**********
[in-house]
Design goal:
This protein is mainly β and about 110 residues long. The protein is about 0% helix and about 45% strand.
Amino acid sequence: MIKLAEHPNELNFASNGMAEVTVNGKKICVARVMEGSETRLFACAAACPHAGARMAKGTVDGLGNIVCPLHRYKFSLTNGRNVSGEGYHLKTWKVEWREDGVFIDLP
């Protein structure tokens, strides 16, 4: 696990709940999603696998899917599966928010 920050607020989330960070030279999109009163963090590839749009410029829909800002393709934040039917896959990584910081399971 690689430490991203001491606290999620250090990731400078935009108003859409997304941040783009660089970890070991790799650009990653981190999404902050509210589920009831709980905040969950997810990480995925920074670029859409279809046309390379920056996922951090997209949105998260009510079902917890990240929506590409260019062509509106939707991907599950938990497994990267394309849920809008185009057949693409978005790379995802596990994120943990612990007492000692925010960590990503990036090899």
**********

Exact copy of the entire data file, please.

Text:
[in-house]
Design goal:
This protein is mainly β and about 110 residues long. The protein is about 0% helix and about 45% strand.
Amino acid sequence: MIKLAEHPNELNFASNGMAEVTVNGKKICVARVMEGSETRLFACAAACPHAGARMAKGTVDGLGNIVCPLHRYKFSLTNGRNVSGEGYHLKTWKVEWREDGVFIDLP
């Protein structure tokens, strides 16, 4: 696990709940999603696998899917599966928010 920050607020989330960070030279999109009163963090590839749009410029829909800002393709934040039917896959990584910081399971 690689430490991203001491606290999620250090990731400078935009108003859409997304941040783009660089970890070991790799650009990653981190999404902050509210589920009831709980905040969950997810990480995925920074670029859409279809046309390379920056996922951090997209949105998260009510079902917890990240929506590409260019062509509106939707991907599950938990497994990267394309849920809008185009057949693409978005790379995802596990994120943990612990007492000692925010960590990503990036090899």